Once upon a time I wanted to pitch for the Dodgers.

I wasn't into surfing quite yet — as much as my dad had dragged me along with him — but he respected America's favorite pastime so he'd squat down behind home plate in the hot Hawaiian sun and I'd wing 40 mph fifth-grader fastballs at him until he faked that his hand hurt through his mitt. By seventh grade I started surfing and didn't even make it through the season. There was actually an afternoon after school where my dad asked me, Practice…or the beach? and I literally looked at the glove and then my 5'2" and I never went to another practice again. Dad couldn't have been prouder.

Salman Rushdie once wrote, "Freedom to reject is the only freedom." There is something equally sacred in teaching a child to disobey rules as there is in teaching him to follow them. There is a certain growth in letting go of things you're supposed to hold on to.

Bottom line, I chose to surf instead. It was a choice that would become the first of many "instead"s. Heading into high school, the list of shit I'd rather surf instead of doing was endless. Absolutely everything, every thought, every choice I'd ever make since ditching the glove hinged upon this new obsession. Everything else became tentative. In high school, dry land became a complex waiting room until the water. Going to prom, getting a girlfriend, keeping the faith, losing my virginity…these were all obligations that required tedious scheduling and attention, and plain got in the way of my relationship with the ocean. Back then, it was all instead of surfing.

When it was time to apply to college, I applied to just one. The University of Hawaii was just 45 minutes from the North Shore if you were speeding. And it didn't stop there. That first semester I stacked the minimal amount of credits for a full-time student (12 credits per four courses) into Tuesday/Thursday classes and had four-day weekends for five months straight. The following semesters were more of the same. On M-W-F classes, I figured out ways to start classes by 9:30 (to surf before) and end by 4 (to surf after). What courses I was cramming into those awkward hours did not matter. Tropical Horticulture 101 at 1:30 p.m.? That fits!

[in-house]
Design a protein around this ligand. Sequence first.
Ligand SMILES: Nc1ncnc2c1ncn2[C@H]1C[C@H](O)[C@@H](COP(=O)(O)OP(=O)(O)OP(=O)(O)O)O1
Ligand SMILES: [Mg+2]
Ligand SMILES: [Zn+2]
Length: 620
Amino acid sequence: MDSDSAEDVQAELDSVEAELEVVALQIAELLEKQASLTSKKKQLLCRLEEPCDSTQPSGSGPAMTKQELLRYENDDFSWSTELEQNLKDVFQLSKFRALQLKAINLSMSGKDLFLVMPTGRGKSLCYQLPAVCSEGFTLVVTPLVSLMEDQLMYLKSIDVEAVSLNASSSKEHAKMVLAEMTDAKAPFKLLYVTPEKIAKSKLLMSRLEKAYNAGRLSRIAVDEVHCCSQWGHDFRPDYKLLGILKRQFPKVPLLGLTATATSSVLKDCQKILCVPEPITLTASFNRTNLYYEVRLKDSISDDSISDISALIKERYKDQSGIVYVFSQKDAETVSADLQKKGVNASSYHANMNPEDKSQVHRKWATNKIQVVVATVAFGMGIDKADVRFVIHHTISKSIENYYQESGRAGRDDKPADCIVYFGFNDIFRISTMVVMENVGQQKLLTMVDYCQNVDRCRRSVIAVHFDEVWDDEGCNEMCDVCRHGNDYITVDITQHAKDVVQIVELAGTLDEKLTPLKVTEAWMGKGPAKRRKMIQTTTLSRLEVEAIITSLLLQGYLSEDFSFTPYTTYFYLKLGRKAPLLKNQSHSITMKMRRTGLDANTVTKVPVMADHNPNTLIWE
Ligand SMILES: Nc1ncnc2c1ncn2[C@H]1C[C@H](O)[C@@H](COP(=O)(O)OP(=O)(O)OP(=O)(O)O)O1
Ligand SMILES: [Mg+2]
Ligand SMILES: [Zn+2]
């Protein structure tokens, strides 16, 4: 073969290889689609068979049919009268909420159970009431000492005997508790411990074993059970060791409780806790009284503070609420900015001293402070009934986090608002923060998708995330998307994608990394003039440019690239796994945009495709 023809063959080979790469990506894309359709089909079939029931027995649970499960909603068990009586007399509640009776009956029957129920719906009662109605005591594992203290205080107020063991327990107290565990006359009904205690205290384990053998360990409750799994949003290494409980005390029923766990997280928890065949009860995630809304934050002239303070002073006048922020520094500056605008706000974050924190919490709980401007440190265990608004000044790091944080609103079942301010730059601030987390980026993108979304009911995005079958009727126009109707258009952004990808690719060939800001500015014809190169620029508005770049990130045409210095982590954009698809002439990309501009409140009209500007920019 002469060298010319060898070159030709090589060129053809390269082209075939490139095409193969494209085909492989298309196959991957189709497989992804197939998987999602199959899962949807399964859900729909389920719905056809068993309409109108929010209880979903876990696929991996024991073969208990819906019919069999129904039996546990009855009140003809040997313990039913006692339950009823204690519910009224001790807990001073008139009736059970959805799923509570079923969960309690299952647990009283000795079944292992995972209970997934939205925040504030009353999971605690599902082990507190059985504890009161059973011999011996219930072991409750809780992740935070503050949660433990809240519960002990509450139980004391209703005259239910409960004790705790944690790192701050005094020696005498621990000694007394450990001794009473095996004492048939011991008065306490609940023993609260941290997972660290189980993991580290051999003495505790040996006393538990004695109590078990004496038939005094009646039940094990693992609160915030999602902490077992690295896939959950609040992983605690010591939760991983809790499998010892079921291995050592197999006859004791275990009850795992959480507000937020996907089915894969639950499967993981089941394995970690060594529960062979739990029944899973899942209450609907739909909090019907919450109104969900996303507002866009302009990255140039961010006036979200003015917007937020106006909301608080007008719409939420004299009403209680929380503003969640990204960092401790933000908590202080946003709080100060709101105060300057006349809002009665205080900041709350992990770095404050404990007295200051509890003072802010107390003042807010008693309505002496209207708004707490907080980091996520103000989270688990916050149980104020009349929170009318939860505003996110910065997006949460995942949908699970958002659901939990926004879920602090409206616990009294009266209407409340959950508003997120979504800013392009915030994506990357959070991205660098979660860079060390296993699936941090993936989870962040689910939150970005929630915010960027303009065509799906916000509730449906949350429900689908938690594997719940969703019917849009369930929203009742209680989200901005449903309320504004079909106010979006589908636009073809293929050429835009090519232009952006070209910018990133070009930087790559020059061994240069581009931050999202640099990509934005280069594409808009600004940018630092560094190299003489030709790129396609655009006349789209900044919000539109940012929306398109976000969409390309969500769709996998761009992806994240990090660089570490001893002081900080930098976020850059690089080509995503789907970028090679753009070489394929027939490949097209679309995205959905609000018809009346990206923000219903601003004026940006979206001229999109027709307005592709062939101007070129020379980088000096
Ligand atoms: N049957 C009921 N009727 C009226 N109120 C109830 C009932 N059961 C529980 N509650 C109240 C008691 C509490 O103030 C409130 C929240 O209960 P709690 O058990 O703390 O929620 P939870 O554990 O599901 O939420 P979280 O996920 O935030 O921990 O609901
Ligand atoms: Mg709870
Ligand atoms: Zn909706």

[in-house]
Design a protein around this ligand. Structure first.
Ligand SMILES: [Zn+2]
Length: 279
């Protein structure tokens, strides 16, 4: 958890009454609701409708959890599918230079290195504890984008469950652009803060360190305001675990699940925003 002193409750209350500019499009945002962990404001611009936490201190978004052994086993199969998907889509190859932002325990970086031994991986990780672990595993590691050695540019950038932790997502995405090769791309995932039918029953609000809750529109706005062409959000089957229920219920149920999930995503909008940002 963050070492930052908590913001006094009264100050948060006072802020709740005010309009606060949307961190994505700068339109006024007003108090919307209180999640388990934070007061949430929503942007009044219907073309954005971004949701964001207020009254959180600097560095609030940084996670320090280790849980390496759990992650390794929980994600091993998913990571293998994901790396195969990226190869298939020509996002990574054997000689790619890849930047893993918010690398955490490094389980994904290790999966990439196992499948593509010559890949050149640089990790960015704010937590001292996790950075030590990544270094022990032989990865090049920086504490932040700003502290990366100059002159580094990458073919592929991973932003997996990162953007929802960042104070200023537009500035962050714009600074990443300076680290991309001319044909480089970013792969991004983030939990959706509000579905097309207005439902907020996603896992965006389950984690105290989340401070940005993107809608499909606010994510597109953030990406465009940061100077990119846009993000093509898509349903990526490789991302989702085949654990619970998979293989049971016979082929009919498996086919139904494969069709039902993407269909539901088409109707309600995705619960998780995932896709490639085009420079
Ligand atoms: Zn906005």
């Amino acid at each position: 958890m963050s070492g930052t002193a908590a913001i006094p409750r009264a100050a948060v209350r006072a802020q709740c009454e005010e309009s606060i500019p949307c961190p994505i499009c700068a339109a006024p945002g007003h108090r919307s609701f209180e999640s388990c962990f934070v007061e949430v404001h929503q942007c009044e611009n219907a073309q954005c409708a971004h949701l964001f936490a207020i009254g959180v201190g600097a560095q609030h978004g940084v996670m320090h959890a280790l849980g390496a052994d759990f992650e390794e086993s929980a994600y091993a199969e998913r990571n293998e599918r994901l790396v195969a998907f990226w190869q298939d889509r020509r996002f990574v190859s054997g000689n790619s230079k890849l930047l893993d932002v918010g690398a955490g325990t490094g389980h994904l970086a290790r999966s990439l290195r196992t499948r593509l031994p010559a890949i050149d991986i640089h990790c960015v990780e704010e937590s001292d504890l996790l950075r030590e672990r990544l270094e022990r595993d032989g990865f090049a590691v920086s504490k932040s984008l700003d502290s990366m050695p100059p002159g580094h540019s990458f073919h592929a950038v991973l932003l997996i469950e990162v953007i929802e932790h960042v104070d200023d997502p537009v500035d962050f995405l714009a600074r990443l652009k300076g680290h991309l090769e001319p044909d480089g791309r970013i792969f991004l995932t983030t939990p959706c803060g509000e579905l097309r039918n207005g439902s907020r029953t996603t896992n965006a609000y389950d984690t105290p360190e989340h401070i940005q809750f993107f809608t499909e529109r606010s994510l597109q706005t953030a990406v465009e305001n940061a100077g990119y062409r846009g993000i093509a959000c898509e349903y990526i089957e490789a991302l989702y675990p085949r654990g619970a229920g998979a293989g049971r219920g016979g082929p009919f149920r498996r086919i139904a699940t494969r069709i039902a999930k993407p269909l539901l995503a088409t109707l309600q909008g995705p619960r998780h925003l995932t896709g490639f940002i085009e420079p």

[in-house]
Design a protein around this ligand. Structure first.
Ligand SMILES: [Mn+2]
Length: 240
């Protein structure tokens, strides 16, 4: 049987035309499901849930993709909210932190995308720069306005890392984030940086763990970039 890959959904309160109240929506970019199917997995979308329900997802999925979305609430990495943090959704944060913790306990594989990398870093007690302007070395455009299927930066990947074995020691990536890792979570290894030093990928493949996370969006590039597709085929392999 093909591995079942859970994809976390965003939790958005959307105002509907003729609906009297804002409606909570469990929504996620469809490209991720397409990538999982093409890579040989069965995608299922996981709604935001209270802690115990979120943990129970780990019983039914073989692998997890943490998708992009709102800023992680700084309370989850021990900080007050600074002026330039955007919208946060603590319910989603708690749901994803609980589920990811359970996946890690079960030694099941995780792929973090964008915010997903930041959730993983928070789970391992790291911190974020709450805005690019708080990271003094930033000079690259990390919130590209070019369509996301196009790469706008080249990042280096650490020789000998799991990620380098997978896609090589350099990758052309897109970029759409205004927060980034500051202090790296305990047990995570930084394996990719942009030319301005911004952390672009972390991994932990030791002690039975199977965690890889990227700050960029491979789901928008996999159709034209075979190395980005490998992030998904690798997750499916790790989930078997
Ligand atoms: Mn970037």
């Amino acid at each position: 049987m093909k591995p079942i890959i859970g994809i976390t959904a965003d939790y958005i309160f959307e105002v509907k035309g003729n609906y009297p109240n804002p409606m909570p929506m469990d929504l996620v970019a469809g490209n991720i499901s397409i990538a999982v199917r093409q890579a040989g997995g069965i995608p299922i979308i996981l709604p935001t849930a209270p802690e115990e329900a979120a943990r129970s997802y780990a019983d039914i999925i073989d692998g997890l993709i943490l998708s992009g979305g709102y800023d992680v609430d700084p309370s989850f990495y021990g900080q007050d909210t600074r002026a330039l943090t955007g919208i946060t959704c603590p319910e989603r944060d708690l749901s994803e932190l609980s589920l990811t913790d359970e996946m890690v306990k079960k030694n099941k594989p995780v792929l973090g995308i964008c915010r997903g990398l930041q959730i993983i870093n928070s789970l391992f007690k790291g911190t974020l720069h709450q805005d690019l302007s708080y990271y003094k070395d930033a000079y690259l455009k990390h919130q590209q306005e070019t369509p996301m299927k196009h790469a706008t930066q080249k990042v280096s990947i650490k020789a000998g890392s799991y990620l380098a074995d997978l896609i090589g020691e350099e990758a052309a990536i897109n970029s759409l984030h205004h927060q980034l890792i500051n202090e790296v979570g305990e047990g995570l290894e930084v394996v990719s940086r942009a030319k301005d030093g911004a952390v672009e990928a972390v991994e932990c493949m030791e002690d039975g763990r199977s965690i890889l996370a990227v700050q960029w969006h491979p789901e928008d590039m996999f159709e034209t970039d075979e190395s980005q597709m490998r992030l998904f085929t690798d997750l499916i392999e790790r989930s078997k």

I remember the first time I woke up next to a beautiful girl that year, the sunlight spilling into the room through the jalousies, and I actually felt like a sellout to myself. Why? Because it'd be 9:00 a.m. soon and the winds would be blown. I was losing a part of myself.

By not surfing instead.

One would think all this anxious rescheduling and psychotic life-rearranging would be terribly exhausting. But it's actually not. It just becomes innate. The addiction infects every inch of your being, every strain of your DNA, and you are always half-there with everyone…until you are fully there in the water. You are partially you before surfing, fully you during and then slowly disintegrating until the next surf.

And you could say we're all part of the same "tribe," some groovy counterculture of people — but I think it's something far more personal than a clubhouse. Something more intrinsic and involuntary. Call it commitment. Call it devotion. I can't help that I love this more than you.

But were all the choices worth it? All those dismissals and skip-outs and I'll-passes, to go surfing instead? I know I'm not the only one on this. Who else will validate all the things in life I've rejected? –Beau Flemister

*Part 1 of 5 from the “I Surfed Instead” cover feature essay